Globaltrans Investment plans to raise about $450 million via a share sale, the Russian freight operator said Monday, giving it added firepower to expand and make further acquisitions.
The company aims to take advantage of liberalization trends in the Russian freight market, exemplified by last year’s sale of a controlling stake in Russian Railways’ rail cargo operator Freight One to tycoon Vladimir Lisin.
A decade ago, cargo owners relied on state-owned monopoly Russian Railways as the main fleet operator, but now more than 70 percent of the country’s freight rail fleet is privately owned, according to a recent presentation by Globaltrans.
“We think investors like Globaltrans’ story and the company should be able to place shares towards the upper end of the (company’s target) range,” Renaissance Capital’s Ivan Kim wrote in a research note. “Globaltrans has good growth opportunities both via M&A and organically.”
Globaltrans said it would raise the $450 million by issuing global depositary receipts, or GDRs, in a range between $16 to $17.25 per share.
Of the shares to be issued, $400 million worth will be sold by the company and $50 million by major shareholder N-Trans, a privately owned transport group that trades as TIHL and is controlled by three tycoons.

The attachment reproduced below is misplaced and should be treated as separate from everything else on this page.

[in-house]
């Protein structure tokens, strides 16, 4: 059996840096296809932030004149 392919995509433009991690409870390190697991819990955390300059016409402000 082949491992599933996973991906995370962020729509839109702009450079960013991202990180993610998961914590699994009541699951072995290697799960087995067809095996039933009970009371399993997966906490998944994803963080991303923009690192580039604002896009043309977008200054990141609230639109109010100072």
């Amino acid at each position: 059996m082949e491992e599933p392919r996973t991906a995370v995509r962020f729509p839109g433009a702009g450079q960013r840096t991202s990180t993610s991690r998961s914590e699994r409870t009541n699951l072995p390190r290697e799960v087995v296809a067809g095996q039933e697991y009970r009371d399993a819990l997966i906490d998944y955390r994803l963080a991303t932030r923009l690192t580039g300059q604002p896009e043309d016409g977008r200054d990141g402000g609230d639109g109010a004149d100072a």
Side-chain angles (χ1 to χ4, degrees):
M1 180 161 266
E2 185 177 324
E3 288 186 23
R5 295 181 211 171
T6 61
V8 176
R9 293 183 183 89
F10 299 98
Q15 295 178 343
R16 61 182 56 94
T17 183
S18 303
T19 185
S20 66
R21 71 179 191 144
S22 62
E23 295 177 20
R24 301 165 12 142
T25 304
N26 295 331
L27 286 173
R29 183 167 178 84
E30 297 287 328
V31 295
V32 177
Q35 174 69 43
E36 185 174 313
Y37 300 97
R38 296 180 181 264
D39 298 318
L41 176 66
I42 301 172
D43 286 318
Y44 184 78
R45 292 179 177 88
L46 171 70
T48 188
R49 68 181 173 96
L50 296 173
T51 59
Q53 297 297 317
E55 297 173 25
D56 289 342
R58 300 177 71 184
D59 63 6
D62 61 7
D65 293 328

TIHL owners Nikita Mishin, Konstantin Nikolayev and Andrei Filatov are self-made billionaires with a net worth of $1.3 billion each, according to Forbes magazine.
Under an overallotment option, underwriters can purchase up to an additional $50 million GDRs at the offer price. Following the share sale, the company’s free float will rise to 48 percent from 35.31 percent.
CEO Sergei Maltsev said in a statement that the rail wagon market is “ripe for consolidation.”
Globaltrans in April approved a deal to buy the rail car unit of iron ore miner Metalloinvest for $540 million and has been increasing its purchases of rail cars.
Other assets are also coming on the block. Evraz, the country’s largest steelmaker, recently said it may sell its transport asset Evraztrans.
“The company will likely use the $450 million to buy captive wagons from a metals producer,” analysts at Bank of America Merrill Lynch said in a research note. “We think the company could buy about 5,000 wagons with such a sum.”
Globaltrans said previously that it had 7 percent of overall cargo volumes in Russia, the world’s largest country by area, which relies on rail to deliver oil products, grain and steel to its home and export markets.
Globaltrans, which went public in 2008 at $13.25 per share, raised cash via a secondary offering to buy a controlling stake in BaltTransServis in 2009.
The company also said Monday that first-quarter net profit rose 25 percent to $94.6 million on revenue up 3 percent at $452.6 million.